- Careful actions (painting, drawing, wrapping/unwrapping, page turning, handling small objects…)
- Daily tasks (towel folding, clothes adjusting, sorting cards, Lego construction, computer assembly…)
I have also read articles making a division between visual, aural and tactile triggers. Anyway, the best step to know a little bit more about these triggers (and, why not, find the ones that work for you) is to take a stroll through the millions of videos available on YouTube, beginning with the ones proposed here. This is a list of the top 10 triggers made by one of the most popular ASMRtist.
Admittedly, most of the people don’t know about ASMR, and others just don’t feel it, like the author of this article: http://www.vice.com/read/asmr-the-good-feeling-no-one-can-explain. Obviously, these people may wonder why someone can be watching a video of a grown man dressed as an intergalactic traveller doing simple repetitive sounds and movement for 45 minutes. This is probably the most controversial, and at the same time, the most fascinating, aspect of ASMR.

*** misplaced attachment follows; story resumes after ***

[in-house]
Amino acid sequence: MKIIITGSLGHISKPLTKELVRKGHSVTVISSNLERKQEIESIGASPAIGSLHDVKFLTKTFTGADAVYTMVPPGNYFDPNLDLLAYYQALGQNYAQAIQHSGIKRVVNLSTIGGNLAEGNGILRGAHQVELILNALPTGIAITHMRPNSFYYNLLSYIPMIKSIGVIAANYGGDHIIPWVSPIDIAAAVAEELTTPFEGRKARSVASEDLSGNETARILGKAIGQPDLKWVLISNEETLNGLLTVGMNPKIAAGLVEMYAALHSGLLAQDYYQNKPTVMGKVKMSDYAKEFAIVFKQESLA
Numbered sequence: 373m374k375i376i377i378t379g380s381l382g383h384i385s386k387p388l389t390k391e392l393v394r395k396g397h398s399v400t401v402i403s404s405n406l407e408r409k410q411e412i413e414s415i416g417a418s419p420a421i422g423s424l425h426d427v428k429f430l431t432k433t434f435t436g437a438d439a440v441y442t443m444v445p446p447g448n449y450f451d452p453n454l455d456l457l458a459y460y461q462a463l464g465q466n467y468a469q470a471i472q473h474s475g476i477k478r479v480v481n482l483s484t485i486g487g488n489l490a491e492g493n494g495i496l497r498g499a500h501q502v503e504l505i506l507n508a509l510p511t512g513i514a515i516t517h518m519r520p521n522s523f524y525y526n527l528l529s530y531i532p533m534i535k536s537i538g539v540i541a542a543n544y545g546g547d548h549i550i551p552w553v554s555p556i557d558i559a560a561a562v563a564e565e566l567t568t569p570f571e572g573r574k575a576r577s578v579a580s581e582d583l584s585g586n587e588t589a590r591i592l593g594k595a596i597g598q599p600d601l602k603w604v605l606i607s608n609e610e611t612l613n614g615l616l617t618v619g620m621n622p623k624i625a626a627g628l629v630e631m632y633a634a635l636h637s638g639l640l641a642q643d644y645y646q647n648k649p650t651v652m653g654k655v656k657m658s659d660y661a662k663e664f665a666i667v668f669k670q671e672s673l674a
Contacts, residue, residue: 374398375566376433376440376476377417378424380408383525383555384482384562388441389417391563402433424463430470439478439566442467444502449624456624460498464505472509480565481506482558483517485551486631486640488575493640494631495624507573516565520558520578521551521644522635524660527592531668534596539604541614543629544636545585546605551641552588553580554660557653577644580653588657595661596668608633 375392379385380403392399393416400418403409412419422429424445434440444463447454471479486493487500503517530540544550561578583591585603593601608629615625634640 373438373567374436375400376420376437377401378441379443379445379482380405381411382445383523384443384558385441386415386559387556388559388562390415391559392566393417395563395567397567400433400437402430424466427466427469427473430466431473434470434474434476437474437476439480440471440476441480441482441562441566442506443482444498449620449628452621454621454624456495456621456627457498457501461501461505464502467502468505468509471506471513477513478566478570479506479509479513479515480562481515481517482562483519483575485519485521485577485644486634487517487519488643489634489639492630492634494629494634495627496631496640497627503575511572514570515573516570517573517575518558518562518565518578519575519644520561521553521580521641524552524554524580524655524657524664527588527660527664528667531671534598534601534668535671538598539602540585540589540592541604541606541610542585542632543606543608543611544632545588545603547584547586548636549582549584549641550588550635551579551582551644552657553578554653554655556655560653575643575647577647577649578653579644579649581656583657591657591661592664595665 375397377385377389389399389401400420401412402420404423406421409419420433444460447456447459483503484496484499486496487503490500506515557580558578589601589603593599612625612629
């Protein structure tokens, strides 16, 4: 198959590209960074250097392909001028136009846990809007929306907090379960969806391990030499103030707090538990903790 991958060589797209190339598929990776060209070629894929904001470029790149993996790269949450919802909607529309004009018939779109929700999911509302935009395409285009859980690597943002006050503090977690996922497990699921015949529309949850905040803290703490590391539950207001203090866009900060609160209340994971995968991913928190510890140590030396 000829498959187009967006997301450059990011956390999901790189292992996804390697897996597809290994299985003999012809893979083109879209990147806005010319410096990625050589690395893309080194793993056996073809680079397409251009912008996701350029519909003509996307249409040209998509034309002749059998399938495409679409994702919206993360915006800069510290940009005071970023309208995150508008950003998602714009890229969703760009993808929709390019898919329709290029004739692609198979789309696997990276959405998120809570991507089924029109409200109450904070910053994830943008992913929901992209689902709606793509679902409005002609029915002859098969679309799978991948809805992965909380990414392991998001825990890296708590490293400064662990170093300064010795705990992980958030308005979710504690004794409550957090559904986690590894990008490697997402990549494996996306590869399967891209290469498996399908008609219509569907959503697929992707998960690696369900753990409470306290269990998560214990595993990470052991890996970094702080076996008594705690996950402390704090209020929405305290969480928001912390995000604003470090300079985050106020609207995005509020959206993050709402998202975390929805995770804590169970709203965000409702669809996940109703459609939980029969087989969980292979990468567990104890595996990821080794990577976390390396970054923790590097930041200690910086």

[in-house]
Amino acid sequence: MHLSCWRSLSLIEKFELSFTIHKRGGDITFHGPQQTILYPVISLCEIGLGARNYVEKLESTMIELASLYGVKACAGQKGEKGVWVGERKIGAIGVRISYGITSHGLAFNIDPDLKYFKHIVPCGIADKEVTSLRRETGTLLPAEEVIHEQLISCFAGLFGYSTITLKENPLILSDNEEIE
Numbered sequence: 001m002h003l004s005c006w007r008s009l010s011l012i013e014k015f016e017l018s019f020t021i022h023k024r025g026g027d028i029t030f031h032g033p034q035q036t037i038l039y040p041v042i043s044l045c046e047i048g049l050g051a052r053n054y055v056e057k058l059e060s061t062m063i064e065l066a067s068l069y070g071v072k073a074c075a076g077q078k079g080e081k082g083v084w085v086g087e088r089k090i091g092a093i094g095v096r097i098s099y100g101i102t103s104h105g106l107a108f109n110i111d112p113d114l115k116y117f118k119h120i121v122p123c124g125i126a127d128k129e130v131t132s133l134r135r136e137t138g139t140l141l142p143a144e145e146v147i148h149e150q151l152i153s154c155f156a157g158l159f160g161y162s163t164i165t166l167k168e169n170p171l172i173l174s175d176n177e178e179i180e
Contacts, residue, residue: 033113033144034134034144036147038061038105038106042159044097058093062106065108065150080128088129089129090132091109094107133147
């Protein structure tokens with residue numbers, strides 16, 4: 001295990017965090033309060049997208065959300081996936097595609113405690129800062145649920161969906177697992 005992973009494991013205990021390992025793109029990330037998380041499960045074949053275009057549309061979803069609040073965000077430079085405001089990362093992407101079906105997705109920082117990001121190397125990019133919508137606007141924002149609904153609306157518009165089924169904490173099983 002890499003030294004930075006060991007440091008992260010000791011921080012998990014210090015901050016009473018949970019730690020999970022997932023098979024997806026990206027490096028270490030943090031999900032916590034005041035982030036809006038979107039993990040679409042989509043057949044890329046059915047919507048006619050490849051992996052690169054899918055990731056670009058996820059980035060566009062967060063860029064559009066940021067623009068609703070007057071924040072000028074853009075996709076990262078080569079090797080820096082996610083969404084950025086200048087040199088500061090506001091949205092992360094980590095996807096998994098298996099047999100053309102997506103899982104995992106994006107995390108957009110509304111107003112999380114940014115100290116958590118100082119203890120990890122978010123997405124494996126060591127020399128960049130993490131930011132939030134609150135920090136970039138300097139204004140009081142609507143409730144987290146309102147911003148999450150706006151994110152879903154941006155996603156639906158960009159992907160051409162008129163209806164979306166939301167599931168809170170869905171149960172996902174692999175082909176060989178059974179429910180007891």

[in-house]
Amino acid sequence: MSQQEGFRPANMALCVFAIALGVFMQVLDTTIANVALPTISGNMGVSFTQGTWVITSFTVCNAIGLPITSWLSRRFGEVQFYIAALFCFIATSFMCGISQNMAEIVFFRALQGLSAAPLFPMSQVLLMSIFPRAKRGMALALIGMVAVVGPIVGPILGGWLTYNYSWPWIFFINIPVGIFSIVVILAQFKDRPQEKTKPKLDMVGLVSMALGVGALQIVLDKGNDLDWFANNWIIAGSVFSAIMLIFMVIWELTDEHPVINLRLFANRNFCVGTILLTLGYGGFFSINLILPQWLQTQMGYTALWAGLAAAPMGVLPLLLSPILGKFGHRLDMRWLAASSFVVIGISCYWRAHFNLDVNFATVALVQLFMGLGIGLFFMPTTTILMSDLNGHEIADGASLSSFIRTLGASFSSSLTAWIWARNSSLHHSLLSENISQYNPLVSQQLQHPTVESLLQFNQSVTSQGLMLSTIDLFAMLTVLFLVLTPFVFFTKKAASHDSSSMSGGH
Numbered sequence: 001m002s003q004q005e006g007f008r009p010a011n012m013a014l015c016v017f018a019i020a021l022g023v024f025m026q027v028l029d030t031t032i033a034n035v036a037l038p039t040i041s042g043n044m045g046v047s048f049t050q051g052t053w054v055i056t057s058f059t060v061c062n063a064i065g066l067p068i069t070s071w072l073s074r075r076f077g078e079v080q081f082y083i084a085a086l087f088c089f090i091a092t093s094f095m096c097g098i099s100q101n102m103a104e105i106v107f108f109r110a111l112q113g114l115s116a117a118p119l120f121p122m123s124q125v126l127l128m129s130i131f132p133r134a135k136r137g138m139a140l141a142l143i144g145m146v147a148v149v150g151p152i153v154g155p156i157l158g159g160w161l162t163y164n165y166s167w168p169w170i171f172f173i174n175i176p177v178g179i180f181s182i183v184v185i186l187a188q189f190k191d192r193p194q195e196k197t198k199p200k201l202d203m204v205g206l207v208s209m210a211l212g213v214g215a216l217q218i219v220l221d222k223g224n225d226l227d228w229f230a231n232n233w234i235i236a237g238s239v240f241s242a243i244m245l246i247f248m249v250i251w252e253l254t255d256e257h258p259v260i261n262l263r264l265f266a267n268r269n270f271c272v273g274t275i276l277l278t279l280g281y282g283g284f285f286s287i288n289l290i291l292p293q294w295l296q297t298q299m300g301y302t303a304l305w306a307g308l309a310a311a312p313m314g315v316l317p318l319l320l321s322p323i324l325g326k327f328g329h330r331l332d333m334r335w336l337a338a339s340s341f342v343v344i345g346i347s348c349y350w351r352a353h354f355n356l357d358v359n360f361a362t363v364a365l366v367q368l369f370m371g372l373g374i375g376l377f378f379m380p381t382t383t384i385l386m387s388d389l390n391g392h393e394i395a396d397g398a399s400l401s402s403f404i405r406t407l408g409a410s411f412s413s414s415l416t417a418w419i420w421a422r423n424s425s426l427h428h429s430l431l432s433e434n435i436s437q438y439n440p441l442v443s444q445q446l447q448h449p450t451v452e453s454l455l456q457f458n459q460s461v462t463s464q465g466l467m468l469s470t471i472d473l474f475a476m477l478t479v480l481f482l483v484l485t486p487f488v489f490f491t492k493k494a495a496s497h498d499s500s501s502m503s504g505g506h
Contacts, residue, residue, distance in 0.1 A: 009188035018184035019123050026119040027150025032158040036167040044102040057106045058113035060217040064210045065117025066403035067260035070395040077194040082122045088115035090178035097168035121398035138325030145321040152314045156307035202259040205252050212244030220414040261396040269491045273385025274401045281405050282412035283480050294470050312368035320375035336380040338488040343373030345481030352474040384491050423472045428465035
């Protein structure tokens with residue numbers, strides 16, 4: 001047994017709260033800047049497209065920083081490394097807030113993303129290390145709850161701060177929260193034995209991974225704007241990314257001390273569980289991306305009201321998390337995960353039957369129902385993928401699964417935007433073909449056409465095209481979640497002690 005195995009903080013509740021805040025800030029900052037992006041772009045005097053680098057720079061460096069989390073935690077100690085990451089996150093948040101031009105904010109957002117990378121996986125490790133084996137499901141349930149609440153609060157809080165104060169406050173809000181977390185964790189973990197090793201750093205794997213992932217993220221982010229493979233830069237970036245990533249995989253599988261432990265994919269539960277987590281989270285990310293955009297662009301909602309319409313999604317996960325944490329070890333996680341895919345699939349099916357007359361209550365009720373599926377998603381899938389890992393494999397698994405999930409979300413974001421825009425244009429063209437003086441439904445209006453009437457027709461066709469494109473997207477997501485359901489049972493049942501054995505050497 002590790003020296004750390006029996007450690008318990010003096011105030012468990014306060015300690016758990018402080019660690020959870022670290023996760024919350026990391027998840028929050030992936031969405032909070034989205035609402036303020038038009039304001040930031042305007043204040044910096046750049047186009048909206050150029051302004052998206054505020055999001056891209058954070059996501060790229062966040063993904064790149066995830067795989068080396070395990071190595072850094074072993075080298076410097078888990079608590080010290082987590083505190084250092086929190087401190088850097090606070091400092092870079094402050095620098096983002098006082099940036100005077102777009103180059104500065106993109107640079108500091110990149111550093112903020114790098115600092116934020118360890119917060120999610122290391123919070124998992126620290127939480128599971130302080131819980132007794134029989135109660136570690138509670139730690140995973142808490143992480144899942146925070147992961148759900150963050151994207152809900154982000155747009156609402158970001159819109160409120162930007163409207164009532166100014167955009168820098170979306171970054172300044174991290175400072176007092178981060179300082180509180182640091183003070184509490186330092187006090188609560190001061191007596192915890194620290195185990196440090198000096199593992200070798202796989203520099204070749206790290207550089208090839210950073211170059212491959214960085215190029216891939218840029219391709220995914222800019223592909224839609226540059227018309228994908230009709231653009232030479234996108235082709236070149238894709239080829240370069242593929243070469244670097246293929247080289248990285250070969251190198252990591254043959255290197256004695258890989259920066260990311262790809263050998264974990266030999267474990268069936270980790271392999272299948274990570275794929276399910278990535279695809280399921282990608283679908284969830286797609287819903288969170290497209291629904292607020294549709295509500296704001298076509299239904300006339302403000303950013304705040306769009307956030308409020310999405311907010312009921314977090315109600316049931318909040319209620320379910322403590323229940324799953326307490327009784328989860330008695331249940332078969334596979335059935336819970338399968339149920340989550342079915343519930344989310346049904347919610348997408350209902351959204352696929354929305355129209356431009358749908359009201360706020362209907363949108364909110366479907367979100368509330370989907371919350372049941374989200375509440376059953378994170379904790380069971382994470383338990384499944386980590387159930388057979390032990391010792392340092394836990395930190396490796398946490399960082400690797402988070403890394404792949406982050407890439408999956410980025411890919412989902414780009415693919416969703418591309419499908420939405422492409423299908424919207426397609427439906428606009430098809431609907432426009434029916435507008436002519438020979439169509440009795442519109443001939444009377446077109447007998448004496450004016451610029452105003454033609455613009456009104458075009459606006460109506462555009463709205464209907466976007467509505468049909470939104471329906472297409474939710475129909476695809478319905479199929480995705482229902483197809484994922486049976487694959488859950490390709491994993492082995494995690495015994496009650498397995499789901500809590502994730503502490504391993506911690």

It is also common to hear that most of the people discover this feeling in a completely unintentional way, doing other things not related with the ASMR forced induction. This can also happen online, the Bob Ross videos surely the most appointed unintentional ASMR triggers. What is more, Bob Ross has become, twenty years after his death, an ASMR icon around the net. Another character I do not want to miss this opportunity to show you is Baba, the Cosmic Barber. This barber from Pushkar, in India, becomes famous in when a client uploaded a video of his head massage techniques back in 2008. Note that the term ASMR did not even exist. Since then, many travellers had recorded their visit to Baba’s barbershop turning him much later into another of the ASMR symbols.